Head of the NTS Intelligence Team, Aaron Hesketh, believes good record keeping is vitally important. “In an ideal world, there would be more resource available to help Trading Standards services record more intelligence. Because resources are stretched, we often hear that Trading Standards services can’t always record as much intelligence as they would like. Instead, some record what they feel is absolutely necessary, as they don’t always have the time to record all of the intelligence they gather.

“It’s always going to come back to resourcing — local authorities are struggling and Trading Standards services are getting smaller across the country,” Hesketh adds. “But in any case, we’ll continue to push an intelligence-led approach and assist Trading Standards in developing a fuller intelligence picture.”

Real-world problems
As well as being CTSI Lead Officer for Energy and Net Zero, Steve Playle is Trading Standards Manager at the City of London, where he and his team tackle financial fraud through Operation Broadway. He has his own set of frustrations when it comes to the gathering and implementation of intelligence.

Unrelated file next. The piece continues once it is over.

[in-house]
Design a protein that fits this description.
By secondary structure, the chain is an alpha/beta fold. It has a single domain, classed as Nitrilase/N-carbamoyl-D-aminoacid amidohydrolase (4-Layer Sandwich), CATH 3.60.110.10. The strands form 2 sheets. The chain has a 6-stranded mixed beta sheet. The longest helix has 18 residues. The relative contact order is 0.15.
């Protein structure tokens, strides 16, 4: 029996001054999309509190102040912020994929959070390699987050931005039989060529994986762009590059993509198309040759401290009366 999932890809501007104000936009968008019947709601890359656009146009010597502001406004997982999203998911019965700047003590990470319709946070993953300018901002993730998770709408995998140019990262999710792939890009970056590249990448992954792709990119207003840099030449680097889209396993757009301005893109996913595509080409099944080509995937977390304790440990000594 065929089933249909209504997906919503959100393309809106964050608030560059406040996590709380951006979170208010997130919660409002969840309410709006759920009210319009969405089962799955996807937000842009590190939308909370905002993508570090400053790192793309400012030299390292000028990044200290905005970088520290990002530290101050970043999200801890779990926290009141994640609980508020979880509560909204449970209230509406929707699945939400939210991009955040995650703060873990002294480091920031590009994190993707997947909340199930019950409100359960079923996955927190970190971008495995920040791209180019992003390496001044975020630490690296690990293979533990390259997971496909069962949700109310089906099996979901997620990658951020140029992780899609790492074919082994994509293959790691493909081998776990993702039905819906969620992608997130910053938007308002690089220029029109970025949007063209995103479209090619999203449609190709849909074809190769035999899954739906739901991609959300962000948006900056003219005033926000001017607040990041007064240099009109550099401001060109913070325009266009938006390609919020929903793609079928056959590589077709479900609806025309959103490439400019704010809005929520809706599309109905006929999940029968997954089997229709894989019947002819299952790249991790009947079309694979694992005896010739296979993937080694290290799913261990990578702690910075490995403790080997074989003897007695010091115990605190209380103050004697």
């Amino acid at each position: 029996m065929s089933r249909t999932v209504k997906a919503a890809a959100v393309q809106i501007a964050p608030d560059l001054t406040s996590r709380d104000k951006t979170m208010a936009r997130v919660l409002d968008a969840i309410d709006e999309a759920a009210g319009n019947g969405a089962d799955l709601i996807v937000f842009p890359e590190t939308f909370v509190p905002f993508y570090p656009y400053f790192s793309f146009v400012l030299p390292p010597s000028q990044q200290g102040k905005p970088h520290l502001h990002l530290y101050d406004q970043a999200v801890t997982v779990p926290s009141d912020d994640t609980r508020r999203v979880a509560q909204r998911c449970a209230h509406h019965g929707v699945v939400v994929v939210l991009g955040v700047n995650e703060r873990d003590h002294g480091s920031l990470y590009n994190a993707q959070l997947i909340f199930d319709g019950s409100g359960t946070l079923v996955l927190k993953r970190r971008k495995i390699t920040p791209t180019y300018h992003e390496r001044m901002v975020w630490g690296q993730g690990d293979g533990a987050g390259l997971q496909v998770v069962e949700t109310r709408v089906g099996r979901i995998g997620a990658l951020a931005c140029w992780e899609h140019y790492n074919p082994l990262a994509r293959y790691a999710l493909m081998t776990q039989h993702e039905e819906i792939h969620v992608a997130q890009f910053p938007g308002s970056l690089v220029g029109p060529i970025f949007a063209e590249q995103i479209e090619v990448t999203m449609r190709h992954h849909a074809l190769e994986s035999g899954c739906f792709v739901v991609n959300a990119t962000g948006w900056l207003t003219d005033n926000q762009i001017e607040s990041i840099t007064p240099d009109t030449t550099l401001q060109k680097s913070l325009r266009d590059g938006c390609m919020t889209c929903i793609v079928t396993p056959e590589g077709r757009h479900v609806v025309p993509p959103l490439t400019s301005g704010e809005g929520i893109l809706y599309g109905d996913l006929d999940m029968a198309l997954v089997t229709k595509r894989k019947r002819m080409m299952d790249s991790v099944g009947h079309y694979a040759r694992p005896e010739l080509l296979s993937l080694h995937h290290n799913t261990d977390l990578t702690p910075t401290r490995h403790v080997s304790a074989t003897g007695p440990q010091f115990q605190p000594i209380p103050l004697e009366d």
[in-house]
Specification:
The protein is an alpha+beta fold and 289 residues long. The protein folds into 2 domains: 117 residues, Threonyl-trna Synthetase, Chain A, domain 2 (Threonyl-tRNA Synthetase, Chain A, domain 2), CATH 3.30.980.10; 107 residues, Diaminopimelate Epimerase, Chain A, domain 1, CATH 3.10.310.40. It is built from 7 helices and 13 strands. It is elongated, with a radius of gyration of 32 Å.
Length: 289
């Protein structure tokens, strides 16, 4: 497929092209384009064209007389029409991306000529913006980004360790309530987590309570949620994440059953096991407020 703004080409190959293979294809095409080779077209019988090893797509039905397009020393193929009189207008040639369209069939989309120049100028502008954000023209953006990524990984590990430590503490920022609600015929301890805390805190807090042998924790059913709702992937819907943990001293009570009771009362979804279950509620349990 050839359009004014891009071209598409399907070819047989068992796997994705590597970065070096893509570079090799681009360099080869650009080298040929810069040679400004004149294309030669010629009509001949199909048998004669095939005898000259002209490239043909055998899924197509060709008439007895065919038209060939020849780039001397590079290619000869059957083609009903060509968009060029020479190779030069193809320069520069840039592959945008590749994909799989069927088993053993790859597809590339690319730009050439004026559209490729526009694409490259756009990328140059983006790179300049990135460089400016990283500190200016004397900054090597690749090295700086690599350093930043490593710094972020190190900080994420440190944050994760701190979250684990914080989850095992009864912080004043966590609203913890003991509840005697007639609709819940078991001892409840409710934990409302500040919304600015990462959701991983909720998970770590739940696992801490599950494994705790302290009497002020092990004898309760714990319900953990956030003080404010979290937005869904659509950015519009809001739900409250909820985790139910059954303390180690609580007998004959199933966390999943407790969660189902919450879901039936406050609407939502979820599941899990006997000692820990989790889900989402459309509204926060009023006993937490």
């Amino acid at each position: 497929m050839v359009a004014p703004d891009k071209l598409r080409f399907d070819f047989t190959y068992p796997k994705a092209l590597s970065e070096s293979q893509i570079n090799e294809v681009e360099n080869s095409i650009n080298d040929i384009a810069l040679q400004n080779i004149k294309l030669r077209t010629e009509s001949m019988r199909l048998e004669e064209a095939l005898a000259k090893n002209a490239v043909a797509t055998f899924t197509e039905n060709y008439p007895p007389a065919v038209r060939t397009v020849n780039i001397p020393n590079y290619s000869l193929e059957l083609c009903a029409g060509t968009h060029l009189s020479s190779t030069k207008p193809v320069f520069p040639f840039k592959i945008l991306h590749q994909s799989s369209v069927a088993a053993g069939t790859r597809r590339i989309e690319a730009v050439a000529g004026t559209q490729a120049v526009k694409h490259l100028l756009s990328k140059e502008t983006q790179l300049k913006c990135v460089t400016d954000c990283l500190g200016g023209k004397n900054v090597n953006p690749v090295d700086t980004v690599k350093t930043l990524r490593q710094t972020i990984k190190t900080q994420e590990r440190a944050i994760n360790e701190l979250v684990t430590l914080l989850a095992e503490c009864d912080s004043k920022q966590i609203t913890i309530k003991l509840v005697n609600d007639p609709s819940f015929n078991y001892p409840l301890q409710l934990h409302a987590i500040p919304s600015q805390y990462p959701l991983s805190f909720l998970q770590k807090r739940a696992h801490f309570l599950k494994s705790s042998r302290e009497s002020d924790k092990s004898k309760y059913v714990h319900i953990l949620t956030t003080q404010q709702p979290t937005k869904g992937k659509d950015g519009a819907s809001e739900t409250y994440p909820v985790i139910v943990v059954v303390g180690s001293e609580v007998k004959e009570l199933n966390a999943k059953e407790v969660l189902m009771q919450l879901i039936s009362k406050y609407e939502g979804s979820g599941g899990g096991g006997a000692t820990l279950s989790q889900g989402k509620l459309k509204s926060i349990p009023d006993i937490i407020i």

“I think it’s fair to say that, because Trading Standards Officers are so busy, not everything gets caught on the IDB,” he says. “I’m not saying I can defend that — because you should do it. But when you’ve got another 15 jobs piled up, what do you do? It’s all about that resource issue.”

Playle believes another key problem is a lack of clarity for consumers as to where they can go with complaints and concerns. “I’ve just done the the annual satisfaction survey for Citizens Advice, and I say the same thing every year: that Citizens Advice don’t advertise their service. So there’s a lack of reporting, and people don’t know where to report incidents to,” he says.

Playle believes that Trading Standards teams can benefit from data sources outside the official channels. “As well as things like IDB, Citizens Advice and Action Fraud, some of the open source review sites have lots of really good data. Of course, there are fake reviews on there — but I’ve been working very closely with Trustpilot over the last 12 months or so for Operation Broadway, and it seems to me that they’ve got a pretty robust system.